Oslo is one of the fastest growing capitals in Europe. Greater Oslo has forest remnants and other biodiversity hotspot remnants within the built zone, coastline and islands, active agricultural landscapes and large forest areas with nature reserves within municipal boundaries, providing strong wilderness-rural-urban gradients both within and between Oslo and its neighbouring municipalities. A scoping study carried out uin 2015 estimated cultural ecosystem services from green infrastructure in Oslo Municipality alone to be worth billions of Norwegian kroner annually. Despite these high per unit area ecosystem services values, small, fragmented urban ecosystems may not be recognized by ecosystem accounting units designed for national indicators and focusing mostly on natural resources found outside cities. The Office of the Auditor General in Norway has asked for better control and monitoring of loss of urban green infrastructure. The URBAN EEA project demonstrates synergies between experimental ecosystem accounting (EEA) for the national system of economic and environmental accounts (SEEA), and municipal level mapping of urban ecosystems and their services to the population.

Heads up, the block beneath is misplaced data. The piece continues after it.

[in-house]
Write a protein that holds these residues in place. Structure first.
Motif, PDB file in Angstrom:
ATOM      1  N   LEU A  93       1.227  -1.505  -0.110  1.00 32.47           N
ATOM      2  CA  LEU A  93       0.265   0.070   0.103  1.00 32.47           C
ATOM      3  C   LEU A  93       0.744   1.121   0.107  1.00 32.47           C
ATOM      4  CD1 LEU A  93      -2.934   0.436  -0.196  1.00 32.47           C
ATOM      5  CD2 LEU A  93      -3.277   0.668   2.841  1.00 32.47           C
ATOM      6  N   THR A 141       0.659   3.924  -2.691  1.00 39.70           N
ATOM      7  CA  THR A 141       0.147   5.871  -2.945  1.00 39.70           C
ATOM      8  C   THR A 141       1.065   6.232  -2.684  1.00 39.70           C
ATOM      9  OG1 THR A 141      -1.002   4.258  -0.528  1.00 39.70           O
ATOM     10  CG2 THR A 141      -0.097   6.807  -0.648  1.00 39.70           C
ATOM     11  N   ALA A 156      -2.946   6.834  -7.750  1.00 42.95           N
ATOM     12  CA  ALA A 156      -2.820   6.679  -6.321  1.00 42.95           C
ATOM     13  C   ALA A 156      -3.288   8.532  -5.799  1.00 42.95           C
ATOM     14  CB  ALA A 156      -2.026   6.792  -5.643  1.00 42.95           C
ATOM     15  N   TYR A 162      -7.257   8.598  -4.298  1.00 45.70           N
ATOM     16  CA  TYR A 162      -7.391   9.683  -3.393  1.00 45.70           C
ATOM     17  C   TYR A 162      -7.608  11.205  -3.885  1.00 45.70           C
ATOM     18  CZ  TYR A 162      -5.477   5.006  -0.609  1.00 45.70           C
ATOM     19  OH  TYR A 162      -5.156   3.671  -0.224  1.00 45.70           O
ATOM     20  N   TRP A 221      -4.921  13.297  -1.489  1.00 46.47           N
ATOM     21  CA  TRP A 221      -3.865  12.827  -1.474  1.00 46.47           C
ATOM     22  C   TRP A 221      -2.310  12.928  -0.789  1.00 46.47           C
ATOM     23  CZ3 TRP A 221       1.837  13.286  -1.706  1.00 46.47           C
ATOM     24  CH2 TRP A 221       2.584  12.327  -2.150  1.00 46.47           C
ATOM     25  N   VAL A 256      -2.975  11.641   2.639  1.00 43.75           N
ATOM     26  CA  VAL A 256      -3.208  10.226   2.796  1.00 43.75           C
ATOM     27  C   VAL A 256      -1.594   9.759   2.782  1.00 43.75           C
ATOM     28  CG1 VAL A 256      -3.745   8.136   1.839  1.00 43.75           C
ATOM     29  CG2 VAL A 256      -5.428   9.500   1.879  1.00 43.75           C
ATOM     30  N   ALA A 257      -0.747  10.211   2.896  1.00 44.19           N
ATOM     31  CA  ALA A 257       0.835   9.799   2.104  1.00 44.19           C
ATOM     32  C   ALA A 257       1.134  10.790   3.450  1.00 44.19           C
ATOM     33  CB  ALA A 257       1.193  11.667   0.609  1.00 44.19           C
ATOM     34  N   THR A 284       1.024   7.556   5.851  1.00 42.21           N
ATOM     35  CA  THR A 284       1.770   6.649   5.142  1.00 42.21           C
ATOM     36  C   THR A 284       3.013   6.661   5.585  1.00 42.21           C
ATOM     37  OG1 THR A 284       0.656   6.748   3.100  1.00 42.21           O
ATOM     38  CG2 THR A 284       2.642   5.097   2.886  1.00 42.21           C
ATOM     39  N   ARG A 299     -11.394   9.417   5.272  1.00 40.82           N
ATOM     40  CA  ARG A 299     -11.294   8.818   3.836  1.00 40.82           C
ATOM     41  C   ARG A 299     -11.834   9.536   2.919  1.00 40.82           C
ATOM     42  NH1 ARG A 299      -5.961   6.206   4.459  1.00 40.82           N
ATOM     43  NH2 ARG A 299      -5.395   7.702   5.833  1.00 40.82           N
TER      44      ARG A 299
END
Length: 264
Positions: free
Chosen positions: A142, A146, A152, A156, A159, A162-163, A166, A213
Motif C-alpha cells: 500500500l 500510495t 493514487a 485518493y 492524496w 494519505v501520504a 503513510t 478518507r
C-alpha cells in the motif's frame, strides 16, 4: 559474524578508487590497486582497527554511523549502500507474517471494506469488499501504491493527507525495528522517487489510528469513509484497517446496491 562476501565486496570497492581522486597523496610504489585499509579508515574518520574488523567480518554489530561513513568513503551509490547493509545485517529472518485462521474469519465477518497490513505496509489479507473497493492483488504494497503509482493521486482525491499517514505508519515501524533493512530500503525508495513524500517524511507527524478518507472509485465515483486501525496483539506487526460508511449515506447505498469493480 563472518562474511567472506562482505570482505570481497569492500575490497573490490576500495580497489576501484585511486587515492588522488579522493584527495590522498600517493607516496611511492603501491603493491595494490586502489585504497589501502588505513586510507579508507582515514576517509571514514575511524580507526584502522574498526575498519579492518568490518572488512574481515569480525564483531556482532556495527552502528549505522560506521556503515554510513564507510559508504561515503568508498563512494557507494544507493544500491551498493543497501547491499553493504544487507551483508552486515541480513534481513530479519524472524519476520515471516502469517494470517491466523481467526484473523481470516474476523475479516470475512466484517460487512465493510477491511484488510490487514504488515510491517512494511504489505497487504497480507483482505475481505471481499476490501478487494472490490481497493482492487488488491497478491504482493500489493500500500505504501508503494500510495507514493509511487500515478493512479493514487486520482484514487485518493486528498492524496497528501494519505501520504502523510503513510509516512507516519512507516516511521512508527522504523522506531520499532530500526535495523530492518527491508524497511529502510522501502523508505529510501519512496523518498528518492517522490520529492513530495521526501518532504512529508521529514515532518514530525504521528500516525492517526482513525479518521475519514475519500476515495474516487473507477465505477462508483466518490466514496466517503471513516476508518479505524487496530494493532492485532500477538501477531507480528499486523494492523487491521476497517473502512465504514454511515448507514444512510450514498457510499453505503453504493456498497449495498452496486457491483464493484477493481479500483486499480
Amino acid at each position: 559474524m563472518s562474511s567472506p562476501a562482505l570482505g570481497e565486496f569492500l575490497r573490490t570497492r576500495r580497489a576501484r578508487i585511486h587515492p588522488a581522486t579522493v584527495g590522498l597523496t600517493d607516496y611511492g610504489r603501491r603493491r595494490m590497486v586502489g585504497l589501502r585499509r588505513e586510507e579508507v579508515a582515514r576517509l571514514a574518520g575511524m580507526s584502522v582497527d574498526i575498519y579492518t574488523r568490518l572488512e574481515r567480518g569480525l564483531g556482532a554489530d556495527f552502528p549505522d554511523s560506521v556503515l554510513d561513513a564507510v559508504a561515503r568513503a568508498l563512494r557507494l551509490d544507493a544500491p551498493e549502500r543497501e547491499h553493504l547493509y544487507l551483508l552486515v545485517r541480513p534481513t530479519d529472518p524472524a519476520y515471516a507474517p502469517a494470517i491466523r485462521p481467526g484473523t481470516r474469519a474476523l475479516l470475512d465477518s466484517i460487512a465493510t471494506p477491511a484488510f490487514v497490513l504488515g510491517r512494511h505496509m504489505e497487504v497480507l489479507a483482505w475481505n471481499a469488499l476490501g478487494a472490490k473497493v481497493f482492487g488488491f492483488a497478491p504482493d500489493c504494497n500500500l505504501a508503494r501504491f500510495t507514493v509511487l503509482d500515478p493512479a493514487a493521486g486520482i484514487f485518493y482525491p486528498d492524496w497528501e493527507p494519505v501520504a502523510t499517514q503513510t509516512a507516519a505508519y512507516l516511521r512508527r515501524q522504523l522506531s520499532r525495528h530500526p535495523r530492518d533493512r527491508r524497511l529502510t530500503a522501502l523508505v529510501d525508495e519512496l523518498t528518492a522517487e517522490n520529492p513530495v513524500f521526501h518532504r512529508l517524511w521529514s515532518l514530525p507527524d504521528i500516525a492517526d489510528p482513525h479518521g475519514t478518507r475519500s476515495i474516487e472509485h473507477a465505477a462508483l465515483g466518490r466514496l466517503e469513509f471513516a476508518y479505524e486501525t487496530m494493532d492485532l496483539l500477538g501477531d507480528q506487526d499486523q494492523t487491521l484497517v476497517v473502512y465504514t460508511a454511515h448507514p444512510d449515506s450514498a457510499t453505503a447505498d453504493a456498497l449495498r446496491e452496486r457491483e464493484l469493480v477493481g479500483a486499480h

Contact: David N. Barton
URBAN EEA is a collaboration between the Norwegian Institute for Nature Research (NINA), Statistics Norway (SSB) and the Oslo School of Architecture and Design (AHO). The project reference group includes the Oslo Region, Oslo-Akershus County Governor, and the municipalities of Oslo, Bærum and Ås.